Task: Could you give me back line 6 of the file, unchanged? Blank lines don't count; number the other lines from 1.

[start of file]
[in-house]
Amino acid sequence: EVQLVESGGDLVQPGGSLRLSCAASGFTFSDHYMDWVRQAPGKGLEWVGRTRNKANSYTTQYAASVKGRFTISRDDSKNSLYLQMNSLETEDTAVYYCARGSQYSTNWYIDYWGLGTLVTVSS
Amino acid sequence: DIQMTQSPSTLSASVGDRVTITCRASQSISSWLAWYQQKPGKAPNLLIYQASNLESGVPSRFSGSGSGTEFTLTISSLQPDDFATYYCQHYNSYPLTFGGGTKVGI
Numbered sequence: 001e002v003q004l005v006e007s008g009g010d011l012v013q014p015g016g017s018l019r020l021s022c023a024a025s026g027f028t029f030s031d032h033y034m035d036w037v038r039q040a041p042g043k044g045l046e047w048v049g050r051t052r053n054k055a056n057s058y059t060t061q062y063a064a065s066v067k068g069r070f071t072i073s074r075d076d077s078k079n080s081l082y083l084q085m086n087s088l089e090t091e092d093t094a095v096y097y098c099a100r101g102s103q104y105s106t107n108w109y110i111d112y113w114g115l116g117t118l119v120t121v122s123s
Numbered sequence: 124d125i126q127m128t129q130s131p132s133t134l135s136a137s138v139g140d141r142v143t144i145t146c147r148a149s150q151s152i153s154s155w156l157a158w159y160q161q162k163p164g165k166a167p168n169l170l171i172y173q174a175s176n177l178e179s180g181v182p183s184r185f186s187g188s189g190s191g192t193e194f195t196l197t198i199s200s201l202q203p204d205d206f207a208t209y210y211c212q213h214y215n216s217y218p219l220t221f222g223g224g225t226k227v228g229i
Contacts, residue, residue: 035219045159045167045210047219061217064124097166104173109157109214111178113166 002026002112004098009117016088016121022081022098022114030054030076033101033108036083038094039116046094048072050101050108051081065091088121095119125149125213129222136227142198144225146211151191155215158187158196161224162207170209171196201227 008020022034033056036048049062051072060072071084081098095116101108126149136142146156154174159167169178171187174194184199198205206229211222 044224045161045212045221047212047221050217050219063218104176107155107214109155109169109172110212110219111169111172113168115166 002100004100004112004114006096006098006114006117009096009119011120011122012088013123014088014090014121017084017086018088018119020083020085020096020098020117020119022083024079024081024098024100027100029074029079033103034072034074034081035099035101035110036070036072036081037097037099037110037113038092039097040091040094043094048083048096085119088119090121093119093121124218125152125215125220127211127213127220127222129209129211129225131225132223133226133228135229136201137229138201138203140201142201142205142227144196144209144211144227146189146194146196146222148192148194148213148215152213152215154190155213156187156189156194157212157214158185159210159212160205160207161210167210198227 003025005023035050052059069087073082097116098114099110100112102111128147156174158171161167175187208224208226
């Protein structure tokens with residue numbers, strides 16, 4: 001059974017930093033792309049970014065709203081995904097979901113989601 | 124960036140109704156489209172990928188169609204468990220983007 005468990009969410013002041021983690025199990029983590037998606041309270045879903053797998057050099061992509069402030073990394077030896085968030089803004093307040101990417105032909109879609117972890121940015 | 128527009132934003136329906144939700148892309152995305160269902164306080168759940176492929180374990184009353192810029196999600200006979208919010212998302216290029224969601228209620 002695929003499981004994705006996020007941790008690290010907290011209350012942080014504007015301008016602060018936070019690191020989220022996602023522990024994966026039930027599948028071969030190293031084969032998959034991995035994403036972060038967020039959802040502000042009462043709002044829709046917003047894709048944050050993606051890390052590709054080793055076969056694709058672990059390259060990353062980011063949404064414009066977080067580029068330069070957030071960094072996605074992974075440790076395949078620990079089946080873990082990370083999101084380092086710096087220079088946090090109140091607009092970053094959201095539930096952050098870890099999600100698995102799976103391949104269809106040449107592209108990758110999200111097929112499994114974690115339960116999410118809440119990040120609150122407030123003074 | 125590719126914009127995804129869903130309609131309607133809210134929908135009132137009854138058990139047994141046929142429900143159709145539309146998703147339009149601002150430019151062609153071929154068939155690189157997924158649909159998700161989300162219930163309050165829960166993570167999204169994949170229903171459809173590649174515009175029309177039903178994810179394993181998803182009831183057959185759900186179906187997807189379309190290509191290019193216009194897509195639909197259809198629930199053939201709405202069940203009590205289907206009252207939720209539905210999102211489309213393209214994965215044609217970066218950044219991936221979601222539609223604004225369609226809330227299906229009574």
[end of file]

Contacts, residue, residue: 035219045159045167045210047219061217064124097166104173109157109214111178113166 002026002112004098009117016088016121022081022098022114030054030076033101033108036083038094039116046094048072050101050108051081065091088121095119125149125213129222136227142198144225146211151191155215158187158196161224162207170209171196201227 008020022034033056036048049062051072060072071084081098095116101108126149136142146156154174159167169178171187174194184199198205206229211222 044224045161045212045221047212047221050217050219063218104176107155107214109155109169109172110212110219111169111172113168115166 002100004100004112004114006096006098006114006117009096009119011120011122012088013123014088014090014121017084017086018088018119020083020085020096020098020117020119022083024079024081024098024100027100029074029079033103034072034074034081035099035101035110036070036072036081037097037099037110037113038092039097040091040094043094048083048096085119088119090121093119093121124218125152125215125220127211127213127220127222129209129211129225131225132223133226133228135229136201137229138201138203140201142201142205142227144196144209144211144227146189146194146196146222148192148194148213148215152213152215154190155213156187156189156194157212157214158185159210159212160205160207161210167210198227 003025005023035050052059069087073082097116098114099110100112102111128147156174158171161167175187208224208226